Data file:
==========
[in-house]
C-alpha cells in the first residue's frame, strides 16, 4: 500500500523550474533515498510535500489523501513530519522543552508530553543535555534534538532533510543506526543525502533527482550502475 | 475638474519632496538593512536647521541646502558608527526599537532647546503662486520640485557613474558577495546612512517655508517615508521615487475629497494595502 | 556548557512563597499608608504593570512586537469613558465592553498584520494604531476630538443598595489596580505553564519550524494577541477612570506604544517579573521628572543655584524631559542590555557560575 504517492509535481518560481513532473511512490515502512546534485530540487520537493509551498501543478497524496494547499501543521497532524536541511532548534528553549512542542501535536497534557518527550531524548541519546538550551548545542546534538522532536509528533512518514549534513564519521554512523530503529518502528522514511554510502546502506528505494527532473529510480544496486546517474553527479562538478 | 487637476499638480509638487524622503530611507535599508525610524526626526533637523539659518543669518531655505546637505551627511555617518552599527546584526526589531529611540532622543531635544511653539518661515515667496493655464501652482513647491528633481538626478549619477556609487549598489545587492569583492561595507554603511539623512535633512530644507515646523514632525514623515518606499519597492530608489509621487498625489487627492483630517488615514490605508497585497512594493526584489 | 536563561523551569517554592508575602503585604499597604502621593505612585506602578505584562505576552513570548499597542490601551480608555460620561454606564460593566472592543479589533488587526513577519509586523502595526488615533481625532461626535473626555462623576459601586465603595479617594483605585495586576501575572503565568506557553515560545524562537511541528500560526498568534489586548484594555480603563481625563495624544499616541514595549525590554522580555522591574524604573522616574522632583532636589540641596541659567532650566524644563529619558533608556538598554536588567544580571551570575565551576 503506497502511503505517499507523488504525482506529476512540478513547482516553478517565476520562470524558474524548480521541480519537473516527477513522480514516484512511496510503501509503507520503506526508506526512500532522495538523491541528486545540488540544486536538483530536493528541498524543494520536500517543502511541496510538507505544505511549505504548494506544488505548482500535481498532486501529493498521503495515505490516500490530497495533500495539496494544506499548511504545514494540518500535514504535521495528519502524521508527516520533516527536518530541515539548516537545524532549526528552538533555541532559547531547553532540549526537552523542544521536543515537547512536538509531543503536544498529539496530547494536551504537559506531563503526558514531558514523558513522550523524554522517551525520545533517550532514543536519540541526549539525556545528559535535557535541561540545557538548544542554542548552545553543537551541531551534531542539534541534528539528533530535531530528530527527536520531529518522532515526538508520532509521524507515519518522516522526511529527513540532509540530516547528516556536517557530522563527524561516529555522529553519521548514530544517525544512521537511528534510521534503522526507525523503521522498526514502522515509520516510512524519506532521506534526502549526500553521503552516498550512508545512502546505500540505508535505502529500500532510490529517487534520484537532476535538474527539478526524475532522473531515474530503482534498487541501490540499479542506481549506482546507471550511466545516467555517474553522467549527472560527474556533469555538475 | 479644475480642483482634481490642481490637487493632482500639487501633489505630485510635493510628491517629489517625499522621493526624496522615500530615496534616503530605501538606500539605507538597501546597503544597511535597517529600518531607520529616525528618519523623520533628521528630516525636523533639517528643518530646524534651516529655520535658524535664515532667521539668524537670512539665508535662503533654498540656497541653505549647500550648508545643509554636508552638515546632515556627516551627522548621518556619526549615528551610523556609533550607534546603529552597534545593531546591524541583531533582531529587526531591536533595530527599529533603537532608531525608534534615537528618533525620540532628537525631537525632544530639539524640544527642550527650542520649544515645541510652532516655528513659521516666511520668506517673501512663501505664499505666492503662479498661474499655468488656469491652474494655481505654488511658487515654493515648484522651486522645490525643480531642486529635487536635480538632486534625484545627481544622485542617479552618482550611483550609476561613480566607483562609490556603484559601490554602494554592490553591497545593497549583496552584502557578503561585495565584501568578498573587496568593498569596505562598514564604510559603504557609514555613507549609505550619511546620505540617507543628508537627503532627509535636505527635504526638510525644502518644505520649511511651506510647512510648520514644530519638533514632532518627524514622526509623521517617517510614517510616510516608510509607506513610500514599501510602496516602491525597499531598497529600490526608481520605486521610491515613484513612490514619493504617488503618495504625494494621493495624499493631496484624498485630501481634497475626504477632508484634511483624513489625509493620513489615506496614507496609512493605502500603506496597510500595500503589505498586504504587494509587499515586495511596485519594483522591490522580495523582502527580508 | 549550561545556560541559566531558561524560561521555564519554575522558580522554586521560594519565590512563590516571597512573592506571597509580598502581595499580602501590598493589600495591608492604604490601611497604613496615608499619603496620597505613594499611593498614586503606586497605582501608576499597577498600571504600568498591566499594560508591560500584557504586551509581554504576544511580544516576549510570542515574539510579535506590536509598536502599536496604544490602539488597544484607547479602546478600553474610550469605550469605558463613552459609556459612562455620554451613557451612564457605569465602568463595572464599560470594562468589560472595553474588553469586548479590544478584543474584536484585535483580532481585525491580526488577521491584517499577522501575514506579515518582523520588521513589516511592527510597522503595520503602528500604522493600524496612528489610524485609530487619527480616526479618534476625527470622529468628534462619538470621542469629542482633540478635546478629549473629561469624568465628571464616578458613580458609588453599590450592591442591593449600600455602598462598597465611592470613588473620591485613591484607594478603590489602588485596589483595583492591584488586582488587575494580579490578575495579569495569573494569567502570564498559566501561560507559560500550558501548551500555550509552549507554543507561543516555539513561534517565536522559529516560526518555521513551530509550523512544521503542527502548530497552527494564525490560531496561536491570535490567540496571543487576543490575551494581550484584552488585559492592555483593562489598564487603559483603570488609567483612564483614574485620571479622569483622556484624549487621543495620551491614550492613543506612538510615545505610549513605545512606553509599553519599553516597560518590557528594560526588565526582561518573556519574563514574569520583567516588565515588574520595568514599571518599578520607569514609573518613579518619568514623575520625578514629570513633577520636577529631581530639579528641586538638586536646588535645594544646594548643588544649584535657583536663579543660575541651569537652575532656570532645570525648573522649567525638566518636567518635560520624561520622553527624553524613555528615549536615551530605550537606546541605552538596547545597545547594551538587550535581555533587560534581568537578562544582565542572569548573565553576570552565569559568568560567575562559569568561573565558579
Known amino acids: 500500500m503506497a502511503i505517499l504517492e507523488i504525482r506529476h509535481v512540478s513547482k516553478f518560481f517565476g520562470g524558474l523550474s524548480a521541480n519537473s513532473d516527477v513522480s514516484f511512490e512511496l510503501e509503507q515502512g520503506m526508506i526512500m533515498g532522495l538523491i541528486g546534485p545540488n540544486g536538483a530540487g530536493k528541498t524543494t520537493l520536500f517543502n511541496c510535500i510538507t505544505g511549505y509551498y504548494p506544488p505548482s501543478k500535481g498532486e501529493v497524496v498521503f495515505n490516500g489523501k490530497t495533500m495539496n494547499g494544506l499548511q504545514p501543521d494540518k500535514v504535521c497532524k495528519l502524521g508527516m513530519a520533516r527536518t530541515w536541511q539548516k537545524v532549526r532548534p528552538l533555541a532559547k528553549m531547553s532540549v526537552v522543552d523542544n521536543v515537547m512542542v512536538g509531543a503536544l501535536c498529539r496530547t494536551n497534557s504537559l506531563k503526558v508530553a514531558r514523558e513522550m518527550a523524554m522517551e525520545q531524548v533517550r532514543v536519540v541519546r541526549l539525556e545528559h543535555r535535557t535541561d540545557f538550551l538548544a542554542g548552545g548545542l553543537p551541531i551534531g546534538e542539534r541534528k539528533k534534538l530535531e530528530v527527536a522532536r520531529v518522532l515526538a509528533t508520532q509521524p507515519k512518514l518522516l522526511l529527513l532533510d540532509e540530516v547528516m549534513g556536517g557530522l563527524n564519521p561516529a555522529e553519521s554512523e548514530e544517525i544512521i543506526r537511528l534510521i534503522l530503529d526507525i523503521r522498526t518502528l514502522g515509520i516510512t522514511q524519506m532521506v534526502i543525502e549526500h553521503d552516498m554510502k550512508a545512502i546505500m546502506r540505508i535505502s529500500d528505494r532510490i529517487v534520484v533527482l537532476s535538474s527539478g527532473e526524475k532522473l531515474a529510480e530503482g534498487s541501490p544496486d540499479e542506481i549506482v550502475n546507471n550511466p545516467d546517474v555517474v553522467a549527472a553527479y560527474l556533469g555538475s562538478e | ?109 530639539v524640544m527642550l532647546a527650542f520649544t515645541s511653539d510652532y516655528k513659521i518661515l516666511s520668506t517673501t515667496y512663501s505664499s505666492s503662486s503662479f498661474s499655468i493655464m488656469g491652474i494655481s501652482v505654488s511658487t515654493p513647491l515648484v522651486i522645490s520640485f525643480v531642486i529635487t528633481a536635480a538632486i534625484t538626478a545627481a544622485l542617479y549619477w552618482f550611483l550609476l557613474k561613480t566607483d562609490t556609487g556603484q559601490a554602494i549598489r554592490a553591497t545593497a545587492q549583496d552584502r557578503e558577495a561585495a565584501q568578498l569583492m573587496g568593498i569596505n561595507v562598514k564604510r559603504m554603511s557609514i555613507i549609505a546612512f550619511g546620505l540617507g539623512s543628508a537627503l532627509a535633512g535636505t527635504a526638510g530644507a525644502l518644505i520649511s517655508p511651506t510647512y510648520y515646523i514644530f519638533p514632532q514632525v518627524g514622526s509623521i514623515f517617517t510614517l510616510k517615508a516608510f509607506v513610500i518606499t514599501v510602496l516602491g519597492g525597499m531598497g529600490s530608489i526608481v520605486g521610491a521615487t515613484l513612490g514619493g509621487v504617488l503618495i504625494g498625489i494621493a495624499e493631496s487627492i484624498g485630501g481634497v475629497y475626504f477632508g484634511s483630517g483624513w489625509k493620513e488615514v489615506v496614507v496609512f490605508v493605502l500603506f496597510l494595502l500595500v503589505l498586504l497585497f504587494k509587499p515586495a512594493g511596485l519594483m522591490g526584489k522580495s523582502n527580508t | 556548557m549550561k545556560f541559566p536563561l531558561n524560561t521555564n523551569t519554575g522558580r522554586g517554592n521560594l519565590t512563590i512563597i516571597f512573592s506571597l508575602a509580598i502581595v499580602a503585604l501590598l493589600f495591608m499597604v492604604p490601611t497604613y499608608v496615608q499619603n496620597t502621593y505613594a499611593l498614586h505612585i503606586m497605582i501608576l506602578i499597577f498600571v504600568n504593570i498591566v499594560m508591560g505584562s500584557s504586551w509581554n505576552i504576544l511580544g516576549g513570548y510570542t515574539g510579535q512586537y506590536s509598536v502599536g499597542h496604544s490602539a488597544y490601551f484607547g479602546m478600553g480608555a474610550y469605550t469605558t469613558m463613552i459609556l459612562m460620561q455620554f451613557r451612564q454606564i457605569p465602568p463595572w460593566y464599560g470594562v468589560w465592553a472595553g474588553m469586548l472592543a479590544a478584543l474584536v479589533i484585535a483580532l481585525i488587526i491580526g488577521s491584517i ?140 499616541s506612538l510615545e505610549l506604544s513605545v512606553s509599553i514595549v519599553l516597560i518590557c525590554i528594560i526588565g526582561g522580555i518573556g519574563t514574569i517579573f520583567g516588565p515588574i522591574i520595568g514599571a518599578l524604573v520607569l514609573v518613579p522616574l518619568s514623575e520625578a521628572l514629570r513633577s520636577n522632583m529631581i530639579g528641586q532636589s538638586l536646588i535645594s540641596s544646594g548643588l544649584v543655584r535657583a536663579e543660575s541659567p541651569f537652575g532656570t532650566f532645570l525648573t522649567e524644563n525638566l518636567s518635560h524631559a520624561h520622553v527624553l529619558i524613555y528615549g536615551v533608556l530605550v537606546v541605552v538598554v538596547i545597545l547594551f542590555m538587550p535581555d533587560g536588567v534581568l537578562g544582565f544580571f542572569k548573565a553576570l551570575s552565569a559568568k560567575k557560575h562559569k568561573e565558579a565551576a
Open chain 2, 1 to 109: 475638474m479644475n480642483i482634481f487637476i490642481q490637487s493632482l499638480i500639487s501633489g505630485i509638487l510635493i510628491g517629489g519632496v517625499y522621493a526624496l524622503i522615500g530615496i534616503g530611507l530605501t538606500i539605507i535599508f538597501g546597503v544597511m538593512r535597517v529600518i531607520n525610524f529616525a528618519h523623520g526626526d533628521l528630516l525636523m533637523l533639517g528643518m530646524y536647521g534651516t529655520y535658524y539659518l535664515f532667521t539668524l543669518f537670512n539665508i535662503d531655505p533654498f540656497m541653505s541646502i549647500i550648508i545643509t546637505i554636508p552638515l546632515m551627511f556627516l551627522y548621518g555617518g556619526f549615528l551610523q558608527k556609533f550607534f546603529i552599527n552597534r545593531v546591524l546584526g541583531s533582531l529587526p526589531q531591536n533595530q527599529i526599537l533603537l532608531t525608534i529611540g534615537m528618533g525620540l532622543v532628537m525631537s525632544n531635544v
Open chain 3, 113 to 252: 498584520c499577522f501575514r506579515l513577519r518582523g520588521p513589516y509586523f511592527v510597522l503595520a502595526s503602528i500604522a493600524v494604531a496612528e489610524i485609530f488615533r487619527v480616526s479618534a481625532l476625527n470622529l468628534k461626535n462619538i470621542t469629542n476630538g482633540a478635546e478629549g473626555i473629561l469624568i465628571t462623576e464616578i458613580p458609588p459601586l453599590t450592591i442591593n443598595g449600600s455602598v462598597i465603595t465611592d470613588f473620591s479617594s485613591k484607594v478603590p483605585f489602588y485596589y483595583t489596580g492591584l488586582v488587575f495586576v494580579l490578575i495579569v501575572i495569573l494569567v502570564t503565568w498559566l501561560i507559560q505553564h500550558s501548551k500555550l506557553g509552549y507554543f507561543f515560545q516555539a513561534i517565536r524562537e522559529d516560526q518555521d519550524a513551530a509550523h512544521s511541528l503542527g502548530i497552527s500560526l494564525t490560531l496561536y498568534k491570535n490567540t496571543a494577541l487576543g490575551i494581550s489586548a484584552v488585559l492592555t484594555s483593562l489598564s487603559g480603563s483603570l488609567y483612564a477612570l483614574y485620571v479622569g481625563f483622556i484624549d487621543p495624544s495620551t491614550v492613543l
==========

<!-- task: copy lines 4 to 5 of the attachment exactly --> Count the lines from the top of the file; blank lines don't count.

Open chain 2, 1 to 109: 475638474m479644475n480642483i482634481f487637476i490642481q490637487s493632482l499638480i500639487s501633489g505630485i509638487l510635493i510628491g517629489g519632496v517625499y522621493a526624496l524622503i522615500g530615496i534616503g530611507l530605501t538606500i539605507i535599508f538597501g546597503v544597511m538593512r535597517v529600518i531607520n525610524f529616525a528618519h523623520g526626526d533628521l528630516l525636523m533637523l533639517g528643518m530646524y536647521g534651516t529655520y535658524y539659518l535664515f532667521t539668524l543669518f537670512n539665508i535662503d531655505p533654498f540656497m541653505s541646502i549647500i550648508i545643509t546637505i554636508p552638515l546632515m551627511f556627516l551627522y548621518g555617518g556619526f549615528l551610523q558608527k556609533f550607534f546603529i552599527n552597534r545593531v546591524l546584526g541583531s533582531l529587526p526589531q531591536n533595530q527599529i526599537l533603537l532608531t525608534i529611540g534615537m528618533g525620540l532622543v532628537m525631537s525632544n531635544v
Open chain 3, 113 to 252: 498584520c499577522f501575514r506579515l513577519r518582523g520588521p513589516y509586523f511592527v510597522l503595520a502595526s503602528i500604522a493600524v494604531a496612528e489610524i485609530f488615533r487619527v480616526s479618534a481625532l476625527n470622529l468628534k461626535n462619538i470621542t469629542n476630538g482633540a478635546e478629549g473626555i473629561l469624568i465628571t462623576e464616578i458613580p458609588p459601586l453599590t450592591i442591593n443598595g449600600s455602598v462598597i465603595t465611592d470613588f473620591s479617594s485613591k484607594v478603590p483605585f489602588y485596589y483595583t489596580g492591584l488586582v488587575f495586576v494580579l490578575i495579569v501575572i495569573l494569567v502570564t503565568w498559566l501561560i507559560q505553564h500550558s501548551k500555550l506557553g509552549y507554543f507561543f515560545q516555539a513561534i517565536r524562537e522559529d516560526q518555521d519550524a513551530a509550523h512544521s511541528l503542527g502548530i497552527s500560526l494564525t490560531l496561536y498568534k491570535n490567540t496571543a494577541l487576543g490575551i494581550s489586548a484584552v488585559l492592555t484594555s483593562l489598564s487603559g480603563s483603570l488609567y483612564a477612570l483614574y485620571v479622569g481625563f483622556i484624549d487621543p495624544s495620551t491614550v492613543l